(Bloomberg) -- Africa’s two biggest oil producers are on a contrasting debt trajectory, according to the World Bank.

Angola’s public debt will decline to 61.9% of gross domestic product this year from 85.7% in 2021, while Nigeria will see its debt service-to-revenue ratio balloon to 102.3% in the same period, the World Bank said in its biannual Africa’s Pulse report.

President Muhammadu Buhari’s government in Nigeria has refused to remove fuel subsidies that may result in the nation’s budget deficit widen to 12.4 trillion naira ($28 billion) next year -- almost three times total revenue. In Angola, the currency has surged and the government has come up with policies to attract overseas investors.

“Public debt in Nigeria is a concern,” the World Bank said in the report. “The combination of low production in the oil industry and unsustainable subsidies is one of the main obstacles to attaining debt sustainability.”

Nigeria spent 982 billion naira in the first quarter subsidizing gasoline, providing the nation’s drivers with among the cheapest pump prices in the world. The World Bank and International Monetary Fund have repeatedly urged the government to remove the subsidy.

Debt Distress

More than two-thirds of sub-Saharan African nations with debt above 70% of GDP don’t have mining or other resources, according to the report. Eritrea’s debt-to-GDP will rise to 234.9%, while Ghana’s will be at 104.6% of GDP.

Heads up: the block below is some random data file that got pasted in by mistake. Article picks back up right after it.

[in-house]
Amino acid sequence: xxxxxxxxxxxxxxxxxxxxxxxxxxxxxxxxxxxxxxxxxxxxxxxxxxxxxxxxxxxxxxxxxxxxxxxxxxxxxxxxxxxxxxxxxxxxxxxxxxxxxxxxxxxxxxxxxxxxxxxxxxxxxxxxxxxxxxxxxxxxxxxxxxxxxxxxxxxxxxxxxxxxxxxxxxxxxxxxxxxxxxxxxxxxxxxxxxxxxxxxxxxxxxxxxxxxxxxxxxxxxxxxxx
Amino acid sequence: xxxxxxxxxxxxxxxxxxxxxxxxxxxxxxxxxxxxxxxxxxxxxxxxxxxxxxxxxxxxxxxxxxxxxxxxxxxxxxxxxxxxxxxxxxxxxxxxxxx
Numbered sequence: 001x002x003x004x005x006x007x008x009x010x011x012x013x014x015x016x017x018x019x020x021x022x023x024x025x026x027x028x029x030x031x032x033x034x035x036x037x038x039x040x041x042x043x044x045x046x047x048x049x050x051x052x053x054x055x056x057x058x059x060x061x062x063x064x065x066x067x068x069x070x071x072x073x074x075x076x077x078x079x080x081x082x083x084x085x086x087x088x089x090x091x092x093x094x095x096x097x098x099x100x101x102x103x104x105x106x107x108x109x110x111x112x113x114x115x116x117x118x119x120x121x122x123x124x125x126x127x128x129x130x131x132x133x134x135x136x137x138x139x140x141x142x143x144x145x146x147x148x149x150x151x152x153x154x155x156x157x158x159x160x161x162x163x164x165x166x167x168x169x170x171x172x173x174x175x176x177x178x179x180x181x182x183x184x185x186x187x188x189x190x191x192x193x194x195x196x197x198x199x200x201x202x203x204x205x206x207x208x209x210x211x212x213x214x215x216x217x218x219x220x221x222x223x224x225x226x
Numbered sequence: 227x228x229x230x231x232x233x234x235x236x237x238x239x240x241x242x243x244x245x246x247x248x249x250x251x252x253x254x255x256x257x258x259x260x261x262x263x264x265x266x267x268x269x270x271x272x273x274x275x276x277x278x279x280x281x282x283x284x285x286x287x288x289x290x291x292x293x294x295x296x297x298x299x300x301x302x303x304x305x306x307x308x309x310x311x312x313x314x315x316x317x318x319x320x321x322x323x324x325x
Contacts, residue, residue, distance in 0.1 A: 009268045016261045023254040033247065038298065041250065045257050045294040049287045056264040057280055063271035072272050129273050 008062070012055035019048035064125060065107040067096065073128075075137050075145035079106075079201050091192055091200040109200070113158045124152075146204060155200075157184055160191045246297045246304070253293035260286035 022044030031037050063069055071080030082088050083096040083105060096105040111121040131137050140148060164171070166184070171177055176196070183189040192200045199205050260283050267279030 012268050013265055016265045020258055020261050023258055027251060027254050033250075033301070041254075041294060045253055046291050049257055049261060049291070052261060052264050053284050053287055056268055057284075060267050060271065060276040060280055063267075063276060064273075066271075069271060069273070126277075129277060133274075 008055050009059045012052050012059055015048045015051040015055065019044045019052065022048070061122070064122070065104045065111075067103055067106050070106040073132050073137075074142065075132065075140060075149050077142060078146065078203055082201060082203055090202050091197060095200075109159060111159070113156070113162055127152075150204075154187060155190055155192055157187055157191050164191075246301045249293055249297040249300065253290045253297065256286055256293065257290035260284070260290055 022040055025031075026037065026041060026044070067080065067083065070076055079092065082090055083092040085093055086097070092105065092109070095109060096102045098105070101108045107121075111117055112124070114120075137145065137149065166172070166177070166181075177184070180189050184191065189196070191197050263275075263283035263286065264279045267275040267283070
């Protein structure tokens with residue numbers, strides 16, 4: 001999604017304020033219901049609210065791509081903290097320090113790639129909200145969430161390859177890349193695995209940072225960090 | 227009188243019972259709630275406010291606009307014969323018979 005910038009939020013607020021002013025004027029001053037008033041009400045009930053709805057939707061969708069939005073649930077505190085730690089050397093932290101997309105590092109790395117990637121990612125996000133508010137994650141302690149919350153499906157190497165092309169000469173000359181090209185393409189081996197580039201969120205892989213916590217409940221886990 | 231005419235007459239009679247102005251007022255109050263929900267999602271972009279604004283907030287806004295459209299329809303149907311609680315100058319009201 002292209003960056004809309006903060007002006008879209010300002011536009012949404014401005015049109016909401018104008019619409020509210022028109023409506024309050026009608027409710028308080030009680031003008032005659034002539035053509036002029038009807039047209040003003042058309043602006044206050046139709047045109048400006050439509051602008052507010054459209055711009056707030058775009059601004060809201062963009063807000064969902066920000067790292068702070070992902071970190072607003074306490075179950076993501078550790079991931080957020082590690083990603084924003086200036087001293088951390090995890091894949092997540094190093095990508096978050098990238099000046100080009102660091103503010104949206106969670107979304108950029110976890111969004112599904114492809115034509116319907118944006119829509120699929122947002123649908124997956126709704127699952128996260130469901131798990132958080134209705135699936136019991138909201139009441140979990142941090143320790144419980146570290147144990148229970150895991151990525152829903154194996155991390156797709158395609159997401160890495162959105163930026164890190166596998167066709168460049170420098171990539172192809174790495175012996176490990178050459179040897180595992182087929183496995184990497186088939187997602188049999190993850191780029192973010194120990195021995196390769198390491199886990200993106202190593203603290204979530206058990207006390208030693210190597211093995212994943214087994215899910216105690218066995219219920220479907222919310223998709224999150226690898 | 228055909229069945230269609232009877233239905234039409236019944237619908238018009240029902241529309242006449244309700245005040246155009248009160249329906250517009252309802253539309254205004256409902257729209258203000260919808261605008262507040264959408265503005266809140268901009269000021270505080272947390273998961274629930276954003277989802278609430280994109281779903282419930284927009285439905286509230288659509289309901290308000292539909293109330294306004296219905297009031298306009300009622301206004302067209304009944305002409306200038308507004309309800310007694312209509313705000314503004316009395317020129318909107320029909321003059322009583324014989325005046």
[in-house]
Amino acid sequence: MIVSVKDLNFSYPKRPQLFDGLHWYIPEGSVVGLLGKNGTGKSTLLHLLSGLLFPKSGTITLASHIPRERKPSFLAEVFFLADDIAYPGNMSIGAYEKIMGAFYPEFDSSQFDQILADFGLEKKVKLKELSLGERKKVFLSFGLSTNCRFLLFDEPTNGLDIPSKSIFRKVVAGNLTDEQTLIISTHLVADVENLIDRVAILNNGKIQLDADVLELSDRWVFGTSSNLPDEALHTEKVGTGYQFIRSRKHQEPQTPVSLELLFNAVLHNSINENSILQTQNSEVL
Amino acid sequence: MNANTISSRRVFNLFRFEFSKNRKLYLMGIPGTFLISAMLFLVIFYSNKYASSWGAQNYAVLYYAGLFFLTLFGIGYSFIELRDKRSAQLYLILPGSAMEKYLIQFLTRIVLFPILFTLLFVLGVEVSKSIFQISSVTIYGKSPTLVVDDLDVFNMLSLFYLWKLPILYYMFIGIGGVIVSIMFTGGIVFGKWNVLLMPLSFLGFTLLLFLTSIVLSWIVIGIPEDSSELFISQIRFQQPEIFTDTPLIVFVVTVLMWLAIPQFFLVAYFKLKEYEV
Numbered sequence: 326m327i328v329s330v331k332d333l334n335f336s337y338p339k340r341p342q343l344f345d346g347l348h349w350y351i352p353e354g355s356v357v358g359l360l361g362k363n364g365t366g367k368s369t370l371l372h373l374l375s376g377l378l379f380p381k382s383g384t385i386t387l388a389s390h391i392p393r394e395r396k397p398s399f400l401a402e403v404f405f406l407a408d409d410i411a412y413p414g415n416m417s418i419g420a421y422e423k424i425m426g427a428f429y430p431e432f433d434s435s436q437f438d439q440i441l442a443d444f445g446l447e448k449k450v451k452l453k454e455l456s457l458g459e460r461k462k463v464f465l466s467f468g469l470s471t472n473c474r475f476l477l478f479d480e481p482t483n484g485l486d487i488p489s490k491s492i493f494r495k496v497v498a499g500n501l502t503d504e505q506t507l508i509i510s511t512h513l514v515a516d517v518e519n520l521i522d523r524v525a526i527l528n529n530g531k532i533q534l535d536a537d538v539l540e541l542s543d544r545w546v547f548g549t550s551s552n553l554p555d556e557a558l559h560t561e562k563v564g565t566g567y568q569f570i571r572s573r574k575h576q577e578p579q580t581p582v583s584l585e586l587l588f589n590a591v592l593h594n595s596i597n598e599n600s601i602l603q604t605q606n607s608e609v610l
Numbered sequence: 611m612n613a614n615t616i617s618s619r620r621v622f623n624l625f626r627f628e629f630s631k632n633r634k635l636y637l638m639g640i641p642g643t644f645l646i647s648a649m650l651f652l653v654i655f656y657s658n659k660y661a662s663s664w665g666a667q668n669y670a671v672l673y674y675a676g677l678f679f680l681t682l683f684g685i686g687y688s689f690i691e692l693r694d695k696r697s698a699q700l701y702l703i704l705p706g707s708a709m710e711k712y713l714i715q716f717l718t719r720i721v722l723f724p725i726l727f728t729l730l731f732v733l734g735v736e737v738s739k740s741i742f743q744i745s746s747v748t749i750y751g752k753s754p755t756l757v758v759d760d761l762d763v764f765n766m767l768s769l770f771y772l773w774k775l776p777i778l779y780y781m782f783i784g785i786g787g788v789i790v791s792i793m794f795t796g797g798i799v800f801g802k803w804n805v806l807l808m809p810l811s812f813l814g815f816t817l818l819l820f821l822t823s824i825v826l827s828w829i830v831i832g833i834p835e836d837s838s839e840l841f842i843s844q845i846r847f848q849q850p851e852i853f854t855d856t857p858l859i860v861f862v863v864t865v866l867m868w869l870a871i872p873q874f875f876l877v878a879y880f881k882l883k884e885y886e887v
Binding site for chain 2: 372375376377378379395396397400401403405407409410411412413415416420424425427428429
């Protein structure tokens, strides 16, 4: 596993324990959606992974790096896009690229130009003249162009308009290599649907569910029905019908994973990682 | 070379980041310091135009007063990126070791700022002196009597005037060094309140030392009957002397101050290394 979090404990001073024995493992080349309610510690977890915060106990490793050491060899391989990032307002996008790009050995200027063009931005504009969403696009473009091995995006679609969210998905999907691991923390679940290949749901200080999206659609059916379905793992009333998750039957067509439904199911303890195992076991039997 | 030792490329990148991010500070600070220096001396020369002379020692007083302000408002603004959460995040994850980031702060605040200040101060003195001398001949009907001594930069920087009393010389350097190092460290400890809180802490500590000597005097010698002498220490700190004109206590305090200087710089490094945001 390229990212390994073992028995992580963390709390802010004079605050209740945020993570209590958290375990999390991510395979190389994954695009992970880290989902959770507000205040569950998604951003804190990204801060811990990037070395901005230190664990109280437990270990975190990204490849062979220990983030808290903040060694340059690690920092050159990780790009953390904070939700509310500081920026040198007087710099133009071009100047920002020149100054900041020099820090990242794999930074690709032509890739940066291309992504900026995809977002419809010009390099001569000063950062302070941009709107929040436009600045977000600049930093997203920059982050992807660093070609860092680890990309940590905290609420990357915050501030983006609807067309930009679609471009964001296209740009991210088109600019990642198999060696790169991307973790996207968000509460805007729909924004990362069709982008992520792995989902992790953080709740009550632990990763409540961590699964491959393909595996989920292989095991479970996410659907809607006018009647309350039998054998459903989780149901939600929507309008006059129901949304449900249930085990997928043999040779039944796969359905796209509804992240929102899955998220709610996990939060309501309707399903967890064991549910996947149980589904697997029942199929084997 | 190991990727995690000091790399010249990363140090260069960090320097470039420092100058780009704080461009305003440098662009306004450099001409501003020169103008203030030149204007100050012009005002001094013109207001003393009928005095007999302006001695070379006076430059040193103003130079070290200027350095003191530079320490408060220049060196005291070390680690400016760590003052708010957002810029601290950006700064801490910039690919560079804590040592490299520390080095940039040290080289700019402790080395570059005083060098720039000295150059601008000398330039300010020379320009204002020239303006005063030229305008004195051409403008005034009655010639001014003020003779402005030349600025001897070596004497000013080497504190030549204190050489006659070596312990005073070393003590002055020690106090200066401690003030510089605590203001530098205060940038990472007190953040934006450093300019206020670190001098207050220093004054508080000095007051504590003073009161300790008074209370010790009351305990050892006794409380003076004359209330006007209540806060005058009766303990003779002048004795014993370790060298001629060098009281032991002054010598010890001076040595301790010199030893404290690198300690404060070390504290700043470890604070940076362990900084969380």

Meanwhile, rising commodity prices and higher interest rates are making debt servicing costlier for nations in the world’s second-largest continent.

Eight out of 38 African countries eligible for loans from the World Bank’s International Development Association are in debt distress, according to the report. Another 14 “are at high risk of joining them.”

The World Bank expects the region’s economic growth to slow to 3.3% in 2022 from 4.1% last year. It also cut Nigeria’s growth forecast for 2022 to 3.3% from 3.8%, while Angola will expand 3.1% this year from 0.8% in 2021.

Angola’s economic performance “is on the back of rising private consumption, government expenditure, and current account surplus,” according to the report. “The government has started reaping the benefits from its efforts to improve revenue mobilization by increasing the efficiency of tax collection and reducing tax evasion.”

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